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Cranes And Mothlite Gig Preview
The Quietus , April 1st, 2010 19:06

Next Wednesday, April 7th, the Quietus and Meanfiddler are teaming up to present 90s dreamgazers Cranes at the Jazz Cafe, ably supported by the excellent Talk Talk-influenced Mothlite.

You can buy tickets for the gig here, listen to Cranes on Spotify here, and while doing so have a read of this profile of Cranes by our man Iain Moffat:

Fun though the big alternative breakthrough of twenty years ago was, the brashness of baggy wasn't for everyone, and consequently it was also a boom period for bands with a somewhat blurrier way of operating; even by the standards of the age, though, Cranes were an obtuse proposition. Actually formed in Portsmouth as early as the mid-80s and built around the nucleus of Shaw siblings Alison and Jim (clearly both the architects and the Carpenters of dream pop), they honed their blend of Cocteausian extradimensional exploration, industrial-inflected (and industrial-strength) dissonance and Valentines-aligned mesmeric sketchery across a series of none-more-obscure compilations before their 1989 mini-album Self Not Self made its way into the clutches of an admiring Peel, and by the time of debut single and breakthrough indie hit 'Inescapable' they were chiming marvellously with the times. Actually, they were chiming marvellously full stop.

Not, mind you, that they were a strictly shoe concern - they never sought the embrace of The Scene That Celebrates Itself, they were capable of a harshness that many of their contemporaries couldn't muster, and Alison's distinctive vocal style (horror Lolita scratching away at glass-filled bubble wrap, essentially, and you don't hear that every day, do you) was among the most polarising and uncompromising in recent memory - but they were close enough to it to be treated as a major indie prospect for a time, becoming a fixture in the Melody Maker's year-end lists and actually scraping the real world charts with Wings Of Joy, an album of already-remarkable breadth that's probably the last record we can recall being admiringly described as "foetal" and should really have brought them their first bona fide hit in the superb and, with hindsight, curiously Tori Amos-inventing 'Tomorrow's Tears'.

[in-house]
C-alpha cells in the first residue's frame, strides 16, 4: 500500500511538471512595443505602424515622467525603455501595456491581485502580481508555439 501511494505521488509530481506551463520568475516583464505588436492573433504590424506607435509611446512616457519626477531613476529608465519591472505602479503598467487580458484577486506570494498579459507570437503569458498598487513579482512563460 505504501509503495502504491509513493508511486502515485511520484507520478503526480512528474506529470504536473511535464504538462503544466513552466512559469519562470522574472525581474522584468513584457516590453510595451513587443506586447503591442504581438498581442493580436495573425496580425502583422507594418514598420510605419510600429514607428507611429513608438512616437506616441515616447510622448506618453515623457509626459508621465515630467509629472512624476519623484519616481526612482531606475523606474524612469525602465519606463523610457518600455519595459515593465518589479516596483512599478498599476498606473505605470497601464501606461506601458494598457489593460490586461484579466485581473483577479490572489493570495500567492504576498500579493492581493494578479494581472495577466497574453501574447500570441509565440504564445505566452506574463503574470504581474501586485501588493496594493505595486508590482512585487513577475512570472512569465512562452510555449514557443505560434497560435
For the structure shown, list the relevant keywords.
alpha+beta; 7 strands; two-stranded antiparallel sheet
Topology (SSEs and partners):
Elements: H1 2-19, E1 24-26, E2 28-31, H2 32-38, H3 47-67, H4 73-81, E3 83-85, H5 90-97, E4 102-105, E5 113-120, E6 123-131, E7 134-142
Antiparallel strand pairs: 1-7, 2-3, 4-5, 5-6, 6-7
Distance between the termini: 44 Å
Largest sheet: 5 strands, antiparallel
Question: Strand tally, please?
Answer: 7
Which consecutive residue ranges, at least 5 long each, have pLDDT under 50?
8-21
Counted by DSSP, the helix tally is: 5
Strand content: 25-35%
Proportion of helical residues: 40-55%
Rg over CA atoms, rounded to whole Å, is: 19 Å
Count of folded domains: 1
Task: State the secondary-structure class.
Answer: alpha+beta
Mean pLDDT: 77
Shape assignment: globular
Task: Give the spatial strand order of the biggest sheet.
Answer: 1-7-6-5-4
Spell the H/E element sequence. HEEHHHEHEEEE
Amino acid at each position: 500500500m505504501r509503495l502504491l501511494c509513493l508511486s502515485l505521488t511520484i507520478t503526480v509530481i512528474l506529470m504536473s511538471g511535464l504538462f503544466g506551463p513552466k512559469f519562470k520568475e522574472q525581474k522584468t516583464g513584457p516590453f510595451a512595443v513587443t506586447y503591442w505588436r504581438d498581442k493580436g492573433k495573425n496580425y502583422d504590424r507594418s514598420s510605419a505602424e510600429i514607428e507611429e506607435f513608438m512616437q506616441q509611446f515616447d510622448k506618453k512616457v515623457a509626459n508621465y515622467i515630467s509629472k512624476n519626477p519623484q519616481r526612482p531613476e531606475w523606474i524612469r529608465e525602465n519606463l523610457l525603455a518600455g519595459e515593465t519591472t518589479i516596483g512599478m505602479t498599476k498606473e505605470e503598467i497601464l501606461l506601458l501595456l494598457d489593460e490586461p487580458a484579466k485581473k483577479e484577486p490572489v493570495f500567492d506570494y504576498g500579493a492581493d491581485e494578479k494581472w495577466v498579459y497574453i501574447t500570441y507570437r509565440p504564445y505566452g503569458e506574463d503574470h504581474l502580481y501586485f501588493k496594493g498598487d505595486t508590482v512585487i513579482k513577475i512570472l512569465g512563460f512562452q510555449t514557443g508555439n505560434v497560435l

Yet rather than the swift fade afforded to the bulk of their peers, the Cranes actually thrived for some time, even if 'Jewel''s presence as a top 30 single was greeted with disbelief by the NME (always the toughest nut for them to crack, press-wise, although, notably and perhaps uniquely, Steve Lamacq would ultimately apologise on air for having famously dismissed them as "appalling"), and, while Britpop fractured many an early-90s hopeful, they simply scurried further underground and luxuriated in their hard-earned international cult status instead of messily imploding.

A wise move, that, since it's allowed them to carry on to the point where, astoundingly, that silver jubilee's in the offing, and, while some of the essential elements have evolved - the personnel, mostly, although a string of fine albums in the noughties saw them delving into more electronic waters without ever embarrassingly repositioning them as a dancier affair - their impenetrability and impact remain undimmed. If anything, their influence can be more keenly felt now than ever, with two of 2010's strongest singles so far, Esben and the Witch's 'Lucia, At The Precipice' and Zola Jesus' 'Night' both heavily reflecting their dark distress; brilliantly, they've blossomed from gothic juvenilia to godparently mercuriality almost imperceptibly, and it suits them better than anyone could've predicted...

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